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Obviously they want some thing more than what could easily be done up on a home computer, aka the w/o.


Report to your client that you were refused entry to the property.

I can assure you that if you ignore the manager they will call the 5 0. You may or may not end up in cuffs.
Depends on if the management company wants to have you arrested for trespass after he told you to leave.

Even if you don't end up in cuffs the cop will tell you the same thing, "LEAVE like the nice lady at the front desk told you to do!!!"
Is it worth it for the meager scraps you are going to get paid for the lock change?????????

Professionals are people who can do their job when they don't feel like it.
Amateurs are people that can't do their job even when they do feel like it.
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post #8 of 13 (permalink) Old 08-16-2014, 08:55 AM
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Get the legals from the Servicer, make 10 phone calls to various people in the chain of command, install your locks and provide the keys to the management company since the Condo Assoc owns the exterior of that door and make your -$100 since you will lose money on the job OR do what everyone is saying and turn order back stating No Access to Condo Building But Here Is The Management Companies Phone Number.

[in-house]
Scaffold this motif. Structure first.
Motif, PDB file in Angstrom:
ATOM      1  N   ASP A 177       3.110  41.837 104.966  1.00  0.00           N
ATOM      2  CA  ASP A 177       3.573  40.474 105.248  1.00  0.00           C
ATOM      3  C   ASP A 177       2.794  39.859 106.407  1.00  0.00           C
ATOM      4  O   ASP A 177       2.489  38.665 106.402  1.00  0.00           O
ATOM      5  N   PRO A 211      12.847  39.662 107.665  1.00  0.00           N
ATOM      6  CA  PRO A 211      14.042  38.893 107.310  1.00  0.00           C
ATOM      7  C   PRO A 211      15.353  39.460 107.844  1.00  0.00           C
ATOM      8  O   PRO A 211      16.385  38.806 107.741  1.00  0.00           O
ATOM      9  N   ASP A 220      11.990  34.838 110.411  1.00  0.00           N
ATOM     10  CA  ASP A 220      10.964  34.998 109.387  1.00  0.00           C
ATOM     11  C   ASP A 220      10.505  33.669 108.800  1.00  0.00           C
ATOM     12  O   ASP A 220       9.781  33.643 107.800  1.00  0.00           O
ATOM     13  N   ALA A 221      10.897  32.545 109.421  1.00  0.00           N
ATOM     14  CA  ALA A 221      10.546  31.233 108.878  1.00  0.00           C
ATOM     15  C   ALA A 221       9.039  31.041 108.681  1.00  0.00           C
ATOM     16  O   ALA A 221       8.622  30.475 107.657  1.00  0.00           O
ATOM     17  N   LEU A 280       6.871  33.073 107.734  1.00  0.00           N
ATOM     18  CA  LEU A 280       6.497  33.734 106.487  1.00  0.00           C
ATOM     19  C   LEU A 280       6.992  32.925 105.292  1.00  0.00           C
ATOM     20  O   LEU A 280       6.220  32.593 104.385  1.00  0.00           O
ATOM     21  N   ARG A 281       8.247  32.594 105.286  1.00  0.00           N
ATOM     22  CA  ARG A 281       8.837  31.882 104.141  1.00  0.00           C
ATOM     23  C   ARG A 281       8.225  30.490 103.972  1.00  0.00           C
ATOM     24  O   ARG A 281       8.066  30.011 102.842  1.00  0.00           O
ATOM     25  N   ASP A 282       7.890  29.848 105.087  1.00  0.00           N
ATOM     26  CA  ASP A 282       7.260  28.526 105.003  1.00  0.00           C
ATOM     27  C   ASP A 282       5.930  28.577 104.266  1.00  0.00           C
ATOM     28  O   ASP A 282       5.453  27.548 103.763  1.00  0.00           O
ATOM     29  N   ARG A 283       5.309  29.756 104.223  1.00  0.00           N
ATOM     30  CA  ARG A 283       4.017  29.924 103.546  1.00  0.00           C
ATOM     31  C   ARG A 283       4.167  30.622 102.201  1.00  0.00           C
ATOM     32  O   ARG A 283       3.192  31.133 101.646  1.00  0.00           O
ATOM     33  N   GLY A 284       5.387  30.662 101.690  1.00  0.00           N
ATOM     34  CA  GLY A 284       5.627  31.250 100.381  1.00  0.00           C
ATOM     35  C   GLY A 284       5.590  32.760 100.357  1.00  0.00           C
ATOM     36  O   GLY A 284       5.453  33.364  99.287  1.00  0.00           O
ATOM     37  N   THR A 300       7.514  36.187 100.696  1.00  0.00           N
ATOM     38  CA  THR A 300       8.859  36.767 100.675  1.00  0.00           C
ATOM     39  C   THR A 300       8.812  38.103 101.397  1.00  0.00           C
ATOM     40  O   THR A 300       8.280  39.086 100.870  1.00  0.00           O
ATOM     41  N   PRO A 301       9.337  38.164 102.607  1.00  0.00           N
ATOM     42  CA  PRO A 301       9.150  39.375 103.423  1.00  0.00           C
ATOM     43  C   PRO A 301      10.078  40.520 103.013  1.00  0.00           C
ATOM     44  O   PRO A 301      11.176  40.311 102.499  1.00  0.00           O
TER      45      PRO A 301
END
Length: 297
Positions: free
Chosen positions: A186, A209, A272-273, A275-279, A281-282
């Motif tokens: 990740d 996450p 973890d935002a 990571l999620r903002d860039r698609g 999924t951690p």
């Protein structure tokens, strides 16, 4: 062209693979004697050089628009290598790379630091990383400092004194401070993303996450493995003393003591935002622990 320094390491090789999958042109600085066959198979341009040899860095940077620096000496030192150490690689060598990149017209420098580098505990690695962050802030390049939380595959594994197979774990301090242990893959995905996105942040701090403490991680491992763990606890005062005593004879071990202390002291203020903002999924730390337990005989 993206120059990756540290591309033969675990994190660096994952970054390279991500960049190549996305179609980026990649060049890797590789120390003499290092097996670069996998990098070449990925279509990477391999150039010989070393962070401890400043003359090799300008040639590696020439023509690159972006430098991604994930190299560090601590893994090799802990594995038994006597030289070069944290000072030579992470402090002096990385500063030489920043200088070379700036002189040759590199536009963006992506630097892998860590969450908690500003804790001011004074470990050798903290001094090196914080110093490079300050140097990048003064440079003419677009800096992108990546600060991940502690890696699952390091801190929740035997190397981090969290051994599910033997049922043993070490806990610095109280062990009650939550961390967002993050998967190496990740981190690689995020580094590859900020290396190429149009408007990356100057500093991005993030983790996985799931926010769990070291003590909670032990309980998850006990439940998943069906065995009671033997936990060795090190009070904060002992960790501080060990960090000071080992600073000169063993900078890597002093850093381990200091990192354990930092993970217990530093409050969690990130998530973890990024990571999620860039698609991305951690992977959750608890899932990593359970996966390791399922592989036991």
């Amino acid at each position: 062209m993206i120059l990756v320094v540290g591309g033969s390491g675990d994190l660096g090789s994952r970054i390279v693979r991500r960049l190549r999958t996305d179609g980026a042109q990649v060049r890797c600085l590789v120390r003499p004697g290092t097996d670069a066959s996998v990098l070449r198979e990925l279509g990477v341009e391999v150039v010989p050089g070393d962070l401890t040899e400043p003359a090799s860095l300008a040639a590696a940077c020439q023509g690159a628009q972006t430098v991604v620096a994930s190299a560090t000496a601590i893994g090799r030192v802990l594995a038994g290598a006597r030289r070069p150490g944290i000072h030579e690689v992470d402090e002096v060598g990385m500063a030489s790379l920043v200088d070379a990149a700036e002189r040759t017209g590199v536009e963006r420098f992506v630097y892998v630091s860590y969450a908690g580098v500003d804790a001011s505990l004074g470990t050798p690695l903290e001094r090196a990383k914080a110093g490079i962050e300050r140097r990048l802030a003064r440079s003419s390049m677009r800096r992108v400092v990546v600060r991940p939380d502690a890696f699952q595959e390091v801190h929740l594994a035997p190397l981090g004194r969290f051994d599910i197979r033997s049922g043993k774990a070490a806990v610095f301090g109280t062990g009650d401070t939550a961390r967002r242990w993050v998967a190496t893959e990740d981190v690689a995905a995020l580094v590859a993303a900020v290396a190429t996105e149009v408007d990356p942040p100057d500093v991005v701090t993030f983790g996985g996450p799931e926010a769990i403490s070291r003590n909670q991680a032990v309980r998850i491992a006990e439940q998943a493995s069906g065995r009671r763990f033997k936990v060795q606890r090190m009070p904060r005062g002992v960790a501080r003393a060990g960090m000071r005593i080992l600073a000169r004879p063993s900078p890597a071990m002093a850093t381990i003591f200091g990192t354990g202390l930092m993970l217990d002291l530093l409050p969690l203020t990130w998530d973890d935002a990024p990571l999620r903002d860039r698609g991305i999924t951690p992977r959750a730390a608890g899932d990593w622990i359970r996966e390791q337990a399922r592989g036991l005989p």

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post #9 of 13 (permalink) Old 08-16-2014, 09:08 AM
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Quote:
Originally Posted by rotenym View Post
now, legally speaking, am I legally allowed to break a lock to gain entry in condo buildings? .. so what's the real deal here? trying to figure out if because I have a work order, I can do anything or I can get In trouble ...
Is there anyone else below you on this food chain? If not, then if anything starts to go sideways, you will be held liable.

There is a perception from the public, maybe rightfully so, that some subcontractors break into property under the guise of securing it, and proceed to remove personals. The money getting paid to rekey isn't as important to them as the loot inside that they can load up and resell. There are plenty of news stories to google if you are interested. Regardless of how long that Xbox and microwave have been sitting on the living room floor, there is a legal process to follow, and they are not "there for the taking". Just because your client doesn't do their due diligence doesn't let you off the hook if you proceed against the condo association.
Do you know without a doubt the specific legal status of the property?
Did the client order a personal property eviction or just skipped the expense based on a $6 inspection?
If there is ever a doubt about the status of a property we are given a work order for, it gets turned around and sent back up the ladder, and we move on to something else.
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post #10 of 13 (permalink) Old 08-16-2014, 09:38 AM
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You may also want to check if you need to be a locksmith...
many states and municipalities have passed legislation on this...check with your local authorities...
Forget the work order instructions...find out what you can legally do behind your business license...

Aladay LLC
Property Preservation
New Business Consultant
Custom Glass&Wood